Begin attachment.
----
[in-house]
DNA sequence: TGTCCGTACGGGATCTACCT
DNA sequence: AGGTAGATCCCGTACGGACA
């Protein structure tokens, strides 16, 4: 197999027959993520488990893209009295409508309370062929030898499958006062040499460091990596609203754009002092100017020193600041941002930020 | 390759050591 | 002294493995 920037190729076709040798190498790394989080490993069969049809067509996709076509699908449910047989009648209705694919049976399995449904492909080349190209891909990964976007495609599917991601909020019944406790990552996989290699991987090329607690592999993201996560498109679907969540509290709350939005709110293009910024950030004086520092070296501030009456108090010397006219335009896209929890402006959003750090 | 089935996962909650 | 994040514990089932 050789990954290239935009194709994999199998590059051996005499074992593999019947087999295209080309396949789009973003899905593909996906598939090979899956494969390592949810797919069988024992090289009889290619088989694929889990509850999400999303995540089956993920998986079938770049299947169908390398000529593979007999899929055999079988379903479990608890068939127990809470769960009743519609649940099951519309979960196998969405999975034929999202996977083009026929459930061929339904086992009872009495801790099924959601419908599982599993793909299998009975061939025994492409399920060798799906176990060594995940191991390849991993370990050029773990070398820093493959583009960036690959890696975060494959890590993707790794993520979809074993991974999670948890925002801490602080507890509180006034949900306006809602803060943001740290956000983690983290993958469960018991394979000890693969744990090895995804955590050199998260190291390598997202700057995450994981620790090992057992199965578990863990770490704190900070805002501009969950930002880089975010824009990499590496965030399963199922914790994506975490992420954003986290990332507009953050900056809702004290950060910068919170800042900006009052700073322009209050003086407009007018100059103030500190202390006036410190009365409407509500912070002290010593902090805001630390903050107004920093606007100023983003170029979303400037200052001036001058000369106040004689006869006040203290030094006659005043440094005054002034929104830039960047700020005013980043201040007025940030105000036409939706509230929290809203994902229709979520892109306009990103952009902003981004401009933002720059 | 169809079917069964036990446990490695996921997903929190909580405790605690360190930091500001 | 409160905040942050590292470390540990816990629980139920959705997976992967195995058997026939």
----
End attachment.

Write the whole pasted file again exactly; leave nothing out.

[in-house]
DNA sequence: TGTCCGTACGGGATCTACCT
DNA sequence: AGGTAGATCCCGTACGGACA
């Protein structure tokens, strides 16, 4: 197999027959993520488990893209009295409508309370062929030898499958006062040499460091990596609203754009002092100017020193600041941002930020 | 390759050591 | 002294493995 920037190729076709040798190498790394989080490993069969049809067509996709076509699908449910047989009648209705694919049976399995449904492909080349190209891909990964976007495609599917991601909020019944406790990552996989290699991987090329607690592999993201996560498109679907969540509290709350939005709110293009910024950030004086520092070296501030009456108090010397006219335009896209929890402006959003750090 | 089935996962909650 | 994040514990089932 050789990954290239935009194709994999199998590059051996005499074992593999019947087999295209080309396949789009973003899905593909996906598939090979899956494969390592949810797919069988024992090289009889290619088989694929889990509850999400999303995540089956993920998986079938770049299947169908390398000529593979007999899929055999079988379903479990608890068939127990809470769960009743519609649940099951519309979960196998969405999975034929999202996977083009026929459930061929339904086992009872009495801790099924959601419908599982599993793909299998009975061939025994492409399920060798799906176990060594995940191991390849991993370990050029773990070398820093493959583009960036690959890696975060494959890590993707790794993520979809074993991974999670948890925002801490602080507890509180006034949900306006809602803060943001740290956000983690983290993958469960018991394979000890693969744990090895995804955590050199998260190291390598997202700057995450994981620790090992057992199965578990863990770490704190900070805002501009969950930002880089975010824009990499590496965030399963199922914790994506975490992420954003986290990332507009953050900056809702004290950060910068919170800042900006009052700073322009209050003086407009007018100059103030500190202390006036410190009365409407509500912070002290010593902090805001630390903050107004920093606007100023983003170029979303400037200052001036001058000369106040004689006869006040203290030094006659005043440094005054002034929104830039960047700020005013980043201040007025940030105000036409939706509230929290809203994902229709979520892109306009990103952009902003981004401009933002720059 | 169809079917069964036990446990490695996921997903929190909580405790605690360190930091500001 | 409160905040942050590292470390540990816990629980139920959705997976992967195995058997026939």